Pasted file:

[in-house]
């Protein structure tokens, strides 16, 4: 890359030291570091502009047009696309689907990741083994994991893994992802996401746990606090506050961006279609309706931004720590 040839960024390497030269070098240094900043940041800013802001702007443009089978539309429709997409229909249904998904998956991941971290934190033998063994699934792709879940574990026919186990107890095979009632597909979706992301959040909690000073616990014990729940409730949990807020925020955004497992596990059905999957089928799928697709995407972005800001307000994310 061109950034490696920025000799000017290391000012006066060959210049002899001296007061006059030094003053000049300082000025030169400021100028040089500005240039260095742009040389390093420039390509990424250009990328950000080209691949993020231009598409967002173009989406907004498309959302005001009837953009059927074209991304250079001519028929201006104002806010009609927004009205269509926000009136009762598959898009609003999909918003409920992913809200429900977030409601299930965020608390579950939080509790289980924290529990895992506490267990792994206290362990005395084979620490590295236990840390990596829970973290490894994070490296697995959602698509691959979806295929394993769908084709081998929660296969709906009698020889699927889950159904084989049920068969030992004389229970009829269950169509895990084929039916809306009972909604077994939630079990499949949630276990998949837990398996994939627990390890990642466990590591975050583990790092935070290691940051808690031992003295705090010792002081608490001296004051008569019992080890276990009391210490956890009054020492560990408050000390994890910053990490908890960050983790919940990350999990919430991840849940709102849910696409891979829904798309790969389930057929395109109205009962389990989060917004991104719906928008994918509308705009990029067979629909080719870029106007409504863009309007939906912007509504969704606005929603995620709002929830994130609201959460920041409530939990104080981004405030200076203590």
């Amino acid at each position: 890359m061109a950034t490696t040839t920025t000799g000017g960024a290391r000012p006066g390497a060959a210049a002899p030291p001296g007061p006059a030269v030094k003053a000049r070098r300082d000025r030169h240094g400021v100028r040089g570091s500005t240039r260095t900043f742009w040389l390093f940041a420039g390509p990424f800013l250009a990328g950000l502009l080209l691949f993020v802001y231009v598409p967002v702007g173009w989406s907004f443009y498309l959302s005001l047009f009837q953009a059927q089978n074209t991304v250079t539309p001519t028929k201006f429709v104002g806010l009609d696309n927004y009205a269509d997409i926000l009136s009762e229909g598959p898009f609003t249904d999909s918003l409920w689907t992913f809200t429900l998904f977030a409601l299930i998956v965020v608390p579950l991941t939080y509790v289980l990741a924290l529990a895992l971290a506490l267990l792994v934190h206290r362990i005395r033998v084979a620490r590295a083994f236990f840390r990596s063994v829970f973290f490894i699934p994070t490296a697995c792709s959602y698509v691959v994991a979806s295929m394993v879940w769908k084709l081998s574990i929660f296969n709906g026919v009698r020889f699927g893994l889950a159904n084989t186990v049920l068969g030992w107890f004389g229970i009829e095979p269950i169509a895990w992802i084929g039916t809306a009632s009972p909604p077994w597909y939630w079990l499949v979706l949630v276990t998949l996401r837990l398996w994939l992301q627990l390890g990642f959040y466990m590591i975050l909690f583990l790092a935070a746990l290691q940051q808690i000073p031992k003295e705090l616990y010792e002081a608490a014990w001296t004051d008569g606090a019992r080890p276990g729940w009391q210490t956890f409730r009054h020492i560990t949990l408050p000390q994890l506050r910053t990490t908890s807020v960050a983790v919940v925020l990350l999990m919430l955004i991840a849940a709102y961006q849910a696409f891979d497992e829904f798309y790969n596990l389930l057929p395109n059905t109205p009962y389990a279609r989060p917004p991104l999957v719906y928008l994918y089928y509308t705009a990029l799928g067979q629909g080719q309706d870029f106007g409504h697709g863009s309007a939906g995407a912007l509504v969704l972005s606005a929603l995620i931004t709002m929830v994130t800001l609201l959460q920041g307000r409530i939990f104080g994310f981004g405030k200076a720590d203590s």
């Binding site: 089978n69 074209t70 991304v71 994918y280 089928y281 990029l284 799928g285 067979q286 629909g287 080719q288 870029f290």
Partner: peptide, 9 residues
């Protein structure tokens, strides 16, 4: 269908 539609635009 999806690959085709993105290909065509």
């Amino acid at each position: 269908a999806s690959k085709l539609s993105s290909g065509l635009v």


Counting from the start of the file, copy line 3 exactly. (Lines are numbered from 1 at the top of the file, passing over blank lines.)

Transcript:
């Amino acid at each position: 890359m061109a950034t490696t040839t920025t000799g000017g960024a290391r000012p006066g390497a060959a210049a002899p030291p001296g007061p006059a030269v030094k003053a000049r070098r300082d000025r030169h240094g400021v100028r040089g570091s500005t240039r260095t900043f742009w040389l390093f940041a420039g390509p990424f800013l250009a990328g950000l502009l080209l691949f993020v802001y231009v598409p967002v702007g173009w989406s907004f443009y498309l959302s005001l047009f009837q953009a059927q089978n074209t991304v250079t539309p001519t028929k201006f429709v104002g806010l009609d696309n927004y009205a269509d997409i926000l009136s009762e229909g598959p898009f609003t249904d999909s918003l409920w689907t992913f809200t429900l998904f977030a409601l299930i998956v965020v608390p579950l991941t939080y509790v289980l990741a924290l529990a895992l971290a506490l267990l792994v934190h206290r362990i005395r033998v084979a620490r590295a083994f236990f840390r990596s063994v829970f973290f490894i699934p994070t490296a697995c792709s959602y698509v691959v994991a979806s295929m394993v879940w769908k084709l081998s574990i929660f296969n709906g026919v009698r020889f699927g893994l889950a159904n084989t186990v049920l068969g030992w107890f004389g229970i009829e095979p269950i169509a895990w992802i084929g039916t809306a009632s009972p909604p077994w597909y939630w079990l499949v979706l949630v276990t998949l996401r837990l398996w994939l992301q627990l390890g990642f959040y466990m590591i975050l909690f583990l790092a935070a746990l290691q940051q808690i000073p031992k003295e705090l616990y010792e002081a608490a014990w001296t004051d008569g606090a019992r080890p276990g729940w009391q210490t956890f409730r009054h020492i560990t949990l408050p000390q994890l506050r910053t990490t908890s807020v960050a983790v919940v925020l990350l999990m919430l955004i991840a849940a709102y961006q849910a696409f891979d497992e829904f798309y790969n596990l389930l057929p395109n059905t109205p009962y389990a279609r989060p917004p991104l999957v719906y928008l994918y089928y509308t705009a990029l799928g067979q629909g080719q309706d870029f106007g409504h697709g863009s309007a939906g995407a912007l509504v969704l972005s606005a929603l995620i931004t709002m929830v994130t800001l609201l959460q920041g307000r409530i939990f104080g994310f981004g405030k200076a720590d203590s």